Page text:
10 September 2012

Google Summit Day Two

With a rather fuzzy head really in need of a lie in and a day off from thinking, I head off to day two of Googlicious learning.  My first session of the day is on blogger. I chose this mainly because of the paper blogging project I have been working on with my classes, which is teaching them all the skills they need to blog successfully. Obviously, our next step is to go live and I really want to see how the experience has been for others.

Why Blog With Learners?
The session delivered little about successful blogging, as the leader was in a similar position and it was a new thing for her. I was looking for a way to manage the blogs easily and effectively  but this was barely touched on. In the past, Google Reader was used but they have just moved to Teacher DashBoard - which is an awesome tool I think we really need to get hold of, as I hear nothing but praise for it and how it is changing things. However, thankfully, the Google Reader session yesterday gave me some tips on how to manage them in the meantime.

There was an activity using Google Drawing as an interesting tool to allow collaboration on a topic, sharing and sorting of ideas about why we blog with learners, which I would use in the classroom in the future. I just need the computers in the classroom to be able to implement these tools :P

The second session of the day was quite possibly worth the cost and time of the whole two days by itself. In experimenting with the idea of the flipped model of learning, I have this week started on my first attempts. I made the slides, got the clips etc that I wanted to share then, put it together to record a voice over with instructions etc. I downloaded a trial of Camtasia but I needed to watch some tutorials to get going. Frankly, even though this is where I want to go with my learning tools, I just do not have the time to be watching tutorials. I need something easy, effective and intuitive. I need something ready to go quickly. The Getting Flippy With It workshop was awesome - I learned so much about how to edit and pause and cut clips and share and add music and comments and annotations - FAB! AND all on YouTube. Ed Ted also works with YouTube to help you get flipped quickly. Patrick Green @pgreensoup has a fantastic site with some awesome tutorials on how to get going and more advanced stuff like adding banners to customise your YouTube channel.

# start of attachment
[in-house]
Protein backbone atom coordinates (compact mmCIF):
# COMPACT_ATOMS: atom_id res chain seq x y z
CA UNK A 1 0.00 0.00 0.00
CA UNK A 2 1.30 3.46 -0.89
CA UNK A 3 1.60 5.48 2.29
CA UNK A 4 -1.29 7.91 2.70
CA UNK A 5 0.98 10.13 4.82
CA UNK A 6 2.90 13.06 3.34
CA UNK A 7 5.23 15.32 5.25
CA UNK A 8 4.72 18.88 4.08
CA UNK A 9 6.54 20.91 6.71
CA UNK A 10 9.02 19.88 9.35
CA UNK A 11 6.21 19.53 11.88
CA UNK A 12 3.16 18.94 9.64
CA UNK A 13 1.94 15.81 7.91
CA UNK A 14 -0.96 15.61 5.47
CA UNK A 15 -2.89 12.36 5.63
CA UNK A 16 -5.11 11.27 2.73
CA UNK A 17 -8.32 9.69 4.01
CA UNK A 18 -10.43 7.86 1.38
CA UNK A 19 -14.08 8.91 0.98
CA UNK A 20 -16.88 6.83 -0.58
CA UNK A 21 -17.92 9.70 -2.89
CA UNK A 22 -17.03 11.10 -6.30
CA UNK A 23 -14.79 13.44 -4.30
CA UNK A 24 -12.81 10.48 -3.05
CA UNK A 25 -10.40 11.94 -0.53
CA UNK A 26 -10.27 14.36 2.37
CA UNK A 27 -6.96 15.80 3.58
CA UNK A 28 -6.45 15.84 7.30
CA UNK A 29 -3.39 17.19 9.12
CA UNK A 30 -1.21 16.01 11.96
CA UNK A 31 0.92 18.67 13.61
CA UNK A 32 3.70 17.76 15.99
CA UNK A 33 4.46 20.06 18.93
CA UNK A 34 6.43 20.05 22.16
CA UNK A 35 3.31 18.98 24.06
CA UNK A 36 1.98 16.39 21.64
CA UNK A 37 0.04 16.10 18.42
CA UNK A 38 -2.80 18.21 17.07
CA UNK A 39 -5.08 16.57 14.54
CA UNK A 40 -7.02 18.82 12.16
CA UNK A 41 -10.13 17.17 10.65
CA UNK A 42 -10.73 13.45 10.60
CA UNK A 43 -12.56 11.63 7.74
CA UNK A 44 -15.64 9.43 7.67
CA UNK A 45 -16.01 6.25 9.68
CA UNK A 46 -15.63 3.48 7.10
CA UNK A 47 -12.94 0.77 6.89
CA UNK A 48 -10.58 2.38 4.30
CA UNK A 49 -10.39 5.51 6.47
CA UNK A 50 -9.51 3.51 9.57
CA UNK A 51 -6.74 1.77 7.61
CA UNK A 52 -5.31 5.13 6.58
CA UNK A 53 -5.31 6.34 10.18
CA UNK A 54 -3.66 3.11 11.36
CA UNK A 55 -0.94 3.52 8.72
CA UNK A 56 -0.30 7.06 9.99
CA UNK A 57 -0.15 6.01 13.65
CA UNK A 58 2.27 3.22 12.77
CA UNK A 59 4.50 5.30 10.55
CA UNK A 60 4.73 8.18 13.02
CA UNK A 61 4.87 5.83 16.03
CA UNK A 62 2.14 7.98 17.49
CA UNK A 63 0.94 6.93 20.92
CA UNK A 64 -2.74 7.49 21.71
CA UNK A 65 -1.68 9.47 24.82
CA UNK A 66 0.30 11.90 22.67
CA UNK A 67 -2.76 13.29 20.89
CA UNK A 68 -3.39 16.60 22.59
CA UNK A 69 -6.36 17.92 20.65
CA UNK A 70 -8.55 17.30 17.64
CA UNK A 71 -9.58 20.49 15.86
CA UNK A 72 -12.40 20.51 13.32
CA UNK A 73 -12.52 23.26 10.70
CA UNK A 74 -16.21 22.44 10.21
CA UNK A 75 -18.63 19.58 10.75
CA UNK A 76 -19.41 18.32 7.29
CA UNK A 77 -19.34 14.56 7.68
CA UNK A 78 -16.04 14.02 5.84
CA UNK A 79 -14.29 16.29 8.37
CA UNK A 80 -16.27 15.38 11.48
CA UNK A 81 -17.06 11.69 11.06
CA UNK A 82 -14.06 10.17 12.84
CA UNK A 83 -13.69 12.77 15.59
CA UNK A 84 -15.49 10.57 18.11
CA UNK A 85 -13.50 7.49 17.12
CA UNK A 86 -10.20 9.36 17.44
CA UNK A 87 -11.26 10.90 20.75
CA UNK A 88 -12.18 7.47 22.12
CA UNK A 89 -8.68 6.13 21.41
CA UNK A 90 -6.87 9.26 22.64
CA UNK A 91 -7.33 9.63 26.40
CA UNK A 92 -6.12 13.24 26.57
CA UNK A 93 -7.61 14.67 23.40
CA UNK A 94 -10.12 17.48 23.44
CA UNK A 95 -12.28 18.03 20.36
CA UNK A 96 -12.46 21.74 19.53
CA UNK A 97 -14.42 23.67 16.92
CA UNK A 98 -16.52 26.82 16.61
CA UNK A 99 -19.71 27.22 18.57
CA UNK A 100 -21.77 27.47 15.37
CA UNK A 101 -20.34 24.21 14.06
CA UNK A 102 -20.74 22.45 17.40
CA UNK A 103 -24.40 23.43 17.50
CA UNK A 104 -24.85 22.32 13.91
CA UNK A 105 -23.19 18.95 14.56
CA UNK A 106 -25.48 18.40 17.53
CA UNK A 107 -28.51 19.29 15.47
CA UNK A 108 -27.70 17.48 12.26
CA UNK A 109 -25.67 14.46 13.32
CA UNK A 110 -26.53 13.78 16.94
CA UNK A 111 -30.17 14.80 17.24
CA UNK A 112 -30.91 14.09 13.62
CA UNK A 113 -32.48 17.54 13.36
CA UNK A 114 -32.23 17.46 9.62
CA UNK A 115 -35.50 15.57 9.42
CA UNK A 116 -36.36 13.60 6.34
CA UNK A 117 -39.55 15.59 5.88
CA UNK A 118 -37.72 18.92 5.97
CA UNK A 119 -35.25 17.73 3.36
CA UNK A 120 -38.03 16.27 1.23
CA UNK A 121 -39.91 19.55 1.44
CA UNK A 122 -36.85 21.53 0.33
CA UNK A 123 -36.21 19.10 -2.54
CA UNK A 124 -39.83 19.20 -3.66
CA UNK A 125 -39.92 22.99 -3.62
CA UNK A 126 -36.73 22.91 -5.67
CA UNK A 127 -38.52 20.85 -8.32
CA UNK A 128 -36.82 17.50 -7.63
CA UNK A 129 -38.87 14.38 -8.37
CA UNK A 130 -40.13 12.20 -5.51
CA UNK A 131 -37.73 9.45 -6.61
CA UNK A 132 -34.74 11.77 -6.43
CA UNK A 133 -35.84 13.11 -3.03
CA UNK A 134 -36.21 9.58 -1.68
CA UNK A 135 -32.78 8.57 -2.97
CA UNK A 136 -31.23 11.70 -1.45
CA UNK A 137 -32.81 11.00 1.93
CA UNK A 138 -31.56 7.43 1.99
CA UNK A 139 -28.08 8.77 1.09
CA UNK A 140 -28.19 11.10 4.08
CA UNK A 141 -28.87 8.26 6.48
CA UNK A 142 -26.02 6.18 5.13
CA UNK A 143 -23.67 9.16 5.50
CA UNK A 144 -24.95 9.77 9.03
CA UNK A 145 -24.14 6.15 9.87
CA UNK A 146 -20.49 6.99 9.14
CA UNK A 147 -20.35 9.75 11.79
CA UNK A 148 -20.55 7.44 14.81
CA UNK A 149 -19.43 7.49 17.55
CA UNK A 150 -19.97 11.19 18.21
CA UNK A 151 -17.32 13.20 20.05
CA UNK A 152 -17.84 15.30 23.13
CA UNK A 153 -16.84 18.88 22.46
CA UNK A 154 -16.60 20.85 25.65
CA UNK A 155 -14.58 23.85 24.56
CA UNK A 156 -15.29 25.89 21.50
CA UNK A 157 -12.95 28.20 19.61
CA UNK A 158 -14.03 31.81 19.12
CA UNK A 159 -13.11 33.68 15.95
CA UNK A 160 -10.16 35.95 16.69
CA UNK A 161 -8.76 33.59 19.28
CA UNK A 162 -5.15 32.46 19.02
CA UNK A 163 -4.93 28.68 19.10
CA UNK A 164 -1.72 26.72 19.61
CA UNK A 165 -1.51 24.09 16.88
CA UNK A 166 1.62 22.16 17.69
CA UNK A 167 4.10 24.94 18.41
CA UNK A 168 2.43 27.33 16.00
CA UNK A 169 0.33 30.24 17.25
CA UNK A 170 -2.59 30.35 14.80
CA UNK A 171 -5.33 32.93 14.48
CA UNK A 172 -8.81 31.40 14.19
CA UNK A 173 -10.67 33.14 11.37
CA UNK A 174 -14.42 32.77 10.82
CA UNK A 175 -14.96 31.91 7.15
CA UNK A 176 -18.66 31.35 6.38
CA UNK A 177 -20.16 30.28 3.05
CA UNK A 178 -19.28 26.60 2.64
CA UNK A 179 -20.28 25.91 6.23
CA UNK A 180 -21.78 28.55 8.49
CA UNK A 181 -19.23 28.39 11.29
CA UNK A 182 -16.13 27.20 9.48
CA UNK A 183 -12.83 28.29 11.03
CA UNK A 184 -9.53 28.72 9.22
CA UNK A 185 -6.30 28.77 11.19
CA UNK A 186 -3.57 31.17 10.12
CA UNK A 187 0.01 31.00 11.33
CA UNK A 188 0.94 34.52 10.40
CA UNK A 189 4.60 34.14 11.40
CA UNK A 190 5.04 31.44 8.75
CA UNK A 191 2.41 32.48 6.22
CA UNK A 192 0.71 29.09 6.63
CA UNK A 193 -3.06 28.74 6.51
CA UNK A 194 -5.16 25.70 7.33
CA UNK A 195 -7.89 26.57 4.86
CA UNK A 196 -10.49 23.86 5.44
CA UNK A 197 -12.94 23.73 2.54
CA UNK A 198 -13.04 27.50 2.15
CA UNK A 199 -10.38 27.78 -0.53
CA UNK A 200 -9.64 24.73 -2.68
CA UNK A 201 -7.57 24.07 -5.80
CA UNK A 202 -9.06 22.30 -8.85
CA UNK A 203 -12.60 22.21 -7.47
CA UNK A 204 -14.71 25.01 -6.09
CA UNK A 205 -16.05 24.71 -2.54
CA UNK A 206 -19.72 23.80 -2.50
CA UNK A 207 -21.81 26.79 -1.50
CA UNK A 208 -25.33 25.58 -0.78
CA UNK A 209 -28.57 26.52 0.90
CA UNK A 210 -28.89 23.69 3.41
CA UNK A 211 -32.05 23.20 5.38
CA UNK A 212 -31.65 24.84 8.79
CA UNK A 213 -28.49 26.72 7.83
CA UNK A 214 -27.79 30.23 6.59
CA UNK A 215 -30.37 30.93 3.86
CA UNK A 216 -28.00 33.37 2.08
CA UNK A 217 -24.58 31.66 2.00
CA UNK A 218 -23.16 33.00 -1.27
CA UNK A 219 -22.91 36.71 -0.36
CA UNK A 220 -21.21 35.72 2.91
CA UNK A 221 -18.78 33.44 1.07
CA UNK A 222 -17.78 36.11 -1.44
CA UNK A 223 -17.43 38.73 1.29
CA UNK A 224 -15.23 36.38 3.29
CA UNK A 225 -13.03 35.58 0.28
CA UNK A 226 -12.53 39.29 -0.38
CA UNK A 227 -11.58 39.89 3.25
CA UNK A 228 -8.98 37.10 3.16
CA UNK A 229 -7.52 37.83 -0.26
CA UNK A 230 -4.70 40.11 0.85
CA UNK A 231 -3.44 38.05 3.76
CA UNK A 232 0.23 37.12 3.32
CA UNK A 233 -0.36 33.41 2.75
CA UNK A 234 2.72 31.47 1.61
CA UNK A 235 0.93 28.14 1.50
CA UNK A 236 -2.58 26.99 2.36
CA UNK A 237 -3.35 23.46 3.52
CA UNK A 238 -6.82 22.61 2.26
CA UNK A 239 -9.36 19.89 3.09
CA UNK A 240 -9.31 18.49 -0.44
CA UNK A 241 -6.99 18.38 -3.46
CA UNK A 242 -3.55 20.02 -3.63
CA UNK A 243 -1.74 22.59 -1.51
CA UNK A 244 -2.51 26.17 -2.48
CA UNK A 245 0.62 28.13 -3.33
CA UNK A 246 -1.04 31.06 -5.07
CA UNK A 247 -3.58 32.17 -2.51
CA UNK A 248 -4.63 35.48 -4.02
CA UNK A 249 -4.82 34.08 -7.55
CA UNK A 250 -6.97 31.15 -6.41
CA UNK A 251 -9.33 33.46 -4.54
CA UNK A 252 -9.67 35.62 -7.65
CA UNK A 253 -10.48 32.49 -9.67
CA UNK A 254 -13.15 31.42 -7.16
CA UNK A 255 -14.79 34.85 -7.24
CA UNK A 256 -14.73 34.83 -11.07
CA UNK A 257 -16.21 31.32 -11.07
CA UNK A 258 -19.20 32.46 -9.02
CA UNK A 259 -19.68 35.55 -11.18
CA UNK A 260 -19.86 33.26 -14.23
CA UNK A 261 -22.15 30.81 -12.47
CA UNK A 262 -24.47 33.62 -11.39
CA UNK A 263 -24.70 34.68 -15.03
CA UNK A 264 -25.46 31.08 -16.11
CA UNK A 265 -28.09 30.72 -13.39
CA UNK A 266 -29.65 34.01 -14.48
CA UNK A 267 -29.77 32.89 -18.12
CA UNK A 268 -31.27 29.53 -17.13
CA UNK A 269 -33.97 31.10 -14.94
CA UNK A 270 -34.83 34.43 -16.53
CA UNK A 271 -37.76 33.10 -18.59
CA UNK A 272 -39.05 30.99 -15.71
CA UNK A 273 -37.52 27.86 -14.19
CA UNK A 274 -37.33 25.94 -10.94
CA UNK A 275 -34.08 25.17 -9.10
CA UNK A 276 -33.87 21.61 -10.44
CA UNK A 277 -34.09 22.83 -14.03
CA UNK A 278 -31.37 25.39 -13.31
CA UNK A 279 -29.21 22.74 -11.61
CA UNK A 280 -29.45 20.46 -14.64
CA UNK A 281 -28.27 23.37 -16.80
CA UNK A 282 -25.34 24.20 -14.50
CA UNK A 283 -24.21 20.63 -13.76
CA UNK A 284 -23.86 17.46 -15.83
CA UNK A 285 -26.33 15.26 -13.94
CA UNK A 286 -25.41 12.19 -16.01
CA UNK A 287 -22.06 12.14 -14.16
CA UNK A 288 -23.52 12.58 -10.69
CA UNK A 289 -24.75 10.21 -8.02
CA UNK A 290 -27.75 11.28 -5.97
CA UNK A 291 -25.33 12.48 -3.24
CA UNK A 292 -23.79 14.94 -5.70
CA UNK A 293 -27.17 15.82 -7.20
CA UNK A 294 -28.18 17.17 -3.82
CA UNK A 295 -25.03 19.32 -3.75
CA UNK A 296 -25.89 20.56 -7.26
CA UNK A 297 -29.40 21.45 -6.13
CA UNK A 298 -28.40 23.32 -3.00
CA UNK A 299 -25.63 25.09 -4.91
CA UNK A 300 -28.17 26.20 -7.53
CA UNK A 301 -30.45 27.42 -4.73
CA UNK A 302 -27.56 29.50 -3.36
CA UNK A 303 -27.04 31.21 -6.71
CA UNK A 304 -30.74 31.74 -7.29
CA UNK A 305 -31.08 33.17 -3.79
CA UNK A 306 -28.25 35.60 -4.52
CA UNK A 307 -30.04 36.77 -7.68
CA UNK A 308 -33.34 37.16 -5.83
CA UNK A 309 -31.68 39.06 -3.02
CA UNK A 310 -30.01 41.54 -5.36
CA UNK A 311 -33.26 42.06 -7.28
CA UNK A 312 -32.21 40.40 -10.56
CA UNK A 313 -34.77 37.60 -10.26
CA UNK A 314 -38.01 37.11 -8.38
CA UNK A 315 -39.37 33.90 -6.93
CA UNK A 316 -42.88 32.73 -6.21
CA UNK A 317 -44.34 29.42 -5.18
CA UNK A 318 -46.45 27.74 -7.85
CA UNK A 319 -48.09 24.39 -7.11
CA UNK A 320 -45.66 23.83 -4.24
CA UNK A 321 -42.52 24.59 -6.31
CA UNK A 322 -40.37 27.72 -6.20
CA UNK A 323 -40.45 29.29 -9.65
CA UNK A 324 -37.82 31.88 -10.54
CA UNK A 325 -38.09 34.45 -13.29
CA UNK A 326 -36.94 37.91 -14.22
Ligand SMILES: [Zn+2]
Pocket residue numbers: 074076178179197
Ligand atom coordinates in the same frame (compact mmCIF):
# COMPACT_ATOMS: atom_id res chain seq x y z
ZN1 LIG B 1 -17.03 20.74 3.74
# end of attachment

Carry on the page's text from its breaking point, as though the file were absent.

The third session gave some ideas about how to create a learning environment using sites, maps, docs etc. Nothing new really though I did like the idea of having, per lesson, a Scribe - or Google Jockey as I refer to them - so every learner has notes, as well as a researcher who answers the questions that arise in the lesson. I also really like the idea of taking the rubric for a project and creating a form that can be shared for peer assessment really easily.

The fourth and final directed workshop is about assessing and scaffolding research skills. Generally a little flat compared to some of the other workshops - could just be because it is a Sunday afternoon though it was a little disappointing to have a final session be so lifeless. There were however, some interesting links that can be incorporated into my extended essay website that I will use so still a useful session in that respect.

The final session is a wrap up in the drama studio about the importance of building a personal learning network. I featured twice - as a Tweeter and a Google+er - PLN is the way forward and these social media tools make it so easy.

It was an amazing conference and I learned so much. I am buzzing with ideas and projects and experiments - I just need our school to go 1:1 as soon as possible to make it happen.

Thank you to SAS, Google, EduTech and all the presenters for allowing this opportunity for sharing learning experiences.